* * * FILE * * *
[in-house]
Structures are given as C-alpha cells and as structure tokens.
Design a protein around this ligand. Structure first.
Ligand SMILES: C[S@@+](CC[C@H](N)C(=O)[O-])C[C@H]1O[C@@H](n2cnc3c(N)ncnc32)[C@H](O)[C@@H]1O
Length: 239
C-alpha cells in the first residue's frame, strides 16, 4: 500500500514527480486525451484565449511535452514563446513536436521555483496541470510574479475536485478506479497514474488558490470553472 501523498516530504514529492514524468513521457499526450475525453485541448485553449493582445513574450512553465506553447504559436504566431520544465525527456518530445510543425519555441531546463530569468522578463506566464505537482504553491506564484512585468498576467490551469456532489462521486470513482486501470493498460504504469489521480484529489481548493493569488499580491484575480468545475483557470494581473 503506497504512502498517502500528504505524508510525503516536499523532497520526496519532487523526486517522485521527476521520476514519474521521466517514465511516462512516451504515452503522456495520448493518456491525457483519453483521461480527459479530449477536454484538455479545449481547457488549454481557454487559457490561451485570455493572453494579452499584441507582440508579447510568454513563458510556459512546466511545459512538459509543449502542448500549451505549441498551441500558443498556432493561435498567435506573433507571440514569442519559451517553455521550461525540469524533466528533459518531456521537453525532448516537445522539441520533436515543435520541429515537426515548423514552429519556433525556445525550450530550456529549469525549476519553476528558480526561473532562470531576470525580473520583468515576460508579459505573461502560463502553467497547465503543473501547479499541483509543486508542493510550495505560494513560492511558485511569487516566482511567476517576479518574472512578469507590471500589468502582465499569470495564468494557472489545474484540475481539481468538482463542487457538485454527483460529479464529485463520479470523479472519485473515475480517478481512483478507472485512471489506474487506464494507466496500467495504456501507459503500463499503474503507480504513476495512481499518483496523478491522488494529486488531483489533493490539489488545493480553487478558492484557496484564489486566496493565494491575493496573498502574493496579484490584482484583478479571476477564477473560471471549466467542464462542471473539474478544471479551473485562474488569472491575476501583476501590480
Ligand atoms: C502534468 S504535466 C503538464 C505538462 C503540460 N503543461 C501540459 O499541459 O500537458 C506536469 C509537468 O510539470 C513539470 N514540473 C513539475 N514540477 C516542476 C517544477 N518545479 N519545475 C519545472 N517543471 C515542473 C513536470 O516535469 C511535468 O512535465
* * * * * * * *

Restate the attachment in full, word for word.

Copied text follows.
[in-house]
Structures are given as C-alpha cells and as structure tokens.
Design a protein around this ligand. Structure first.
Ligand SMILES: C[S@@+](CC[C@H](N)C(=O)[O-])C[C@H]1O[C@@H](n2cnc3c(N)ncnc32)[C@H](O)[C@@H]1O
Length: 239
C-alpha cells in the first residue's frame, strides 16, 4: 500500500514527480486525451484565449511535452514563446513536436521555483496541470510574479475536485478506479497514474488558490470553472 501523498516530504514529492514524468513521457499526450475525453485541448485553449493582445513574450512553465506553447504559436504566431520544465525527456518530445510543425519555441531546463530569468522578463506566464505537482504553491506564484512585468498576467490551469456532489462521486470513482486501470493498460504504469489521480484529489481548493493569488499580491484575480468545475483557470494581473 503506497504512502498517502500528504505524508510525503516536499523532497520526496519532487523526486517522485521527476521520476514519474521521466517514465511516462512516451504515452503522456495520448493518456491525457483519453483521461480527459479530449477536454484538455479545449481547457488549454481557454487559457490561451485570455493572453494579452499584441507582440508579447510568454513563458510556459512546466511545459512538459509543449502542448500549451505549441498551441500558443498556432493561435498567435506573433507571440514569442519559451517553455521550461525540469524533466528533459518531456521537453525532448516537445522539441520533436515543435520541429515537426515548423514552429519556433525556445525550450530550456529549469525549476519553476528558480526561473532562470531576470525580473520583468515576460508579459505573461502560463502553467497547465503543473501547479499541483509543486508542493510550495505560494513560492511558485511569487516566482511567476517576479518574472512578469507590471500589468502582465499569470495564468494557472489545474484540475481539481468538482463542487457538485454527483460529479464529485463520479470523479472519485473515475480517478481512483478507472485512471489506474487506464494507466496500467495504456501507459503500463499503474503507480504513476495512481499518483496523478491522488494529486488531483489533493490539489488545493480553487478558492484557496484564489486566496493565494491575493496573498502574493496579484490584482484583478479571476477564477473560471471549466467542464462542471473539474478544471479551473485562474488569472491575476501583476501590480
Ligand atoms: C502534468 S504535466 C503538464 C505538462 C503540460 N503543461 C501540459 O499541459 O500537458 C506536469 C509537468 O510539470 C513539470 N514540473 C513539475 N514540477 C516542476 C517544477 N518545479 N519545475 C519545472 N517543471 C515542473 C513536470 O516535469 C511535468 O512535465